Just as Blanche DuBois famously depends on “the kindness of strangers” in “Streetcar Named Desire,” so, too, does the actress who’s playing her on stage right now, Cate Blanchett.
And she got it Friday night when no less than the Best Actress in the World, Meryl Streep, made sure to see Blanchett’s stunning performance at the Brooklyn Academy of Music at the production’s second official showing. Streep arrived early accompanied by her sister-in-law, Emmy-winning soap star Maeve Kinkead (”Guiding Light”). Her tickets had been arranged by director Mike Nichols, who was also in the house with a friend. There was almost a little hiccup in the plan, though, as Meryl suddenly couldn’t find her tickets just before the show was supposed to start.
A quick check of all pockets proved fruitless. But then, there they were, in a zipper compartment in her handbag. Ladies, oy vey! with those handbags.
Anyway, the sold-out house for the three-hour Tennessee Williams play was dotted with well-known faces. Christine Baranski and actor husband Matthew Cowles were also in the house, as were “This Is It” director Kenny Ortega, who came with young “Gossip Girl” star Chace Crawford. Not bad for a 50-year-old play being performed in an outer borough!
After the many standing ovations, Blanchett entertained guests downstairs in her dressing area. She and Streep hugged, and joked about doing a vampire movie together. Blanchett says her only plans when this run is over is to go home to Australia and be with her family. The Oscar winner doesn’t have a movie lined up yet. “There’s nothing I’ve read that’s any good,” she told me. But I must say it was quite amazing to be with the two best actresses in the world today even for a couple of minutes. And Meryl, as usual, was full of genuine, gushing praise and admiration for Blanchett.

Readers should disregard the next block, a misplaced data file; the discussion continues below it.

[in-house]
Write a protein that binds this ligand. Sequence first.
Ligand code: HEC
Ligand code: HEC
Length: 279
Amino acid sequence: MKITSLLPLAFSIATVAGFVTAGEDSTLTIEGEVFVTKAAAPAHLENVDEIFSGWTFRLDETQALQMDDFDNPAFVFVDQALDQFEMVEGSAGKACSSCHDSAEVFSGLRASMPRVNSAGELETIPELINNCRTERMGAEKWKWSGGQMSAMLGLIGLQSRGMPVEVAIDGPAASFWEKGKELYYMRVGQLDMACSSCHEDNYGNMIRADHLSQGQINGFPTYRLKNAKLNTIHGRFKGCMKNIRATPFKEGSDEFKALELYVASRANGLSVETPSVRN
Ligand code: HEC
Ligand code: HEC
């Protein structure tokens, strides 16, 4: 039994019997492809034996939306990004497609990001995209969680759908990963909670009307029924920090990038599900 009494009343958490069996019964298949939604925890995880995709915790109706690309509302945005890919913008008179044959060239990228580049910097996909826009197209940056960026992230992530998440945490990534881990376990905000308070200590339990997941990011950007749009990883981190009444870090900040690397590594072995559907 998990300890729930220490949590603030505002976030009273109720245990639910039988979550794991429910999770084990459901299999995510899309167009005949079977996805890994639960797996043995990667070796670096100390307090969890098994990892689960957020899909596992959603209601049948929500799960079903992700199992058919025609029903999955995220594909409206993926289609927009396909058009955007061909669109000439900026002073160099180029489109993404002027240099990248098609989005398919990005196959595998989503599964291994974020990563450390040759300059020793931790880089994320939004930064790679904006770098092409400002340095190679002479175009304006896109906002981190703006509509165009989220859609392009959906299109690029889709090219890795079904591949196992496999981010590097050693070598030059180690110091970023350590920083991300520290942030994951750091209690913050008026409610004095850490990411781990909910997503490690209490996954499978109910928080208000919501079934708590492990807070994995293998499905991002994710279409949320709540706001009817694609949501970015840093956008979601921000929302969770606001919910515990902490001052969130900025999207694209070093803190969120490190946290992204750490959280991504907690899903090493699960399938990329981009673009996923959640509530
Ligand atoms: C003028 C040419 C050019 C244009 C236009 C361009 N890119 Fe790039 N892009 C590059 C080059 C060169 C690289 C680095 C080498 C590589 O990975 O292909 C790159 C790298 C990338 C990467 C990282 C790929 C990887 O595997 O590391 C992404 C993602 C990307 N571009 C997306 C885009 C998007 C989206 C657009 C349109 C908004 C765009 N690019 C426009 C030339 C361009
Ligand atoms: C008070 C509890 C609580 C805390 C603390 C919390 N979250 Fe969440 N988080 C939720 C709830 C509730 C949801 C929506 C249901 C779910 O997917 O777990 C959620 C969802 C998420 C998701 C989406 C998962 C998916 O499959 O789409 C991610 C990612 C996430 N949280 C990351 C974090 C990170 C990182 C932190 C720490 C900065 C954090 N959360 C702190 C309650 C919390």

But everyone is. Blanchett’s similarly named Blanche is a tour de force, as is the direction of the play under the legendary Liv Ullmann. Streep and Kinkead each marveled at seeing the play directed by a woman. Under Ullmann’s guidance, this “Streetcar” is not about Stanley Kowalski (played with enormous strength and originality by Joel Edgerton) but about Blanche and Stella (Robin McLeavey). Plus, Mitch is even more of a linchpin as played by Tim Richards. “Streetcar” — one of the most well known plays in history — seems new and refreshed in this version. The players are all excellent, but Blanchett is simply stratospheric. It’s a shame the Sydney Theater Company production isn’t on Broadway, or won’t last longer than Dec. 20.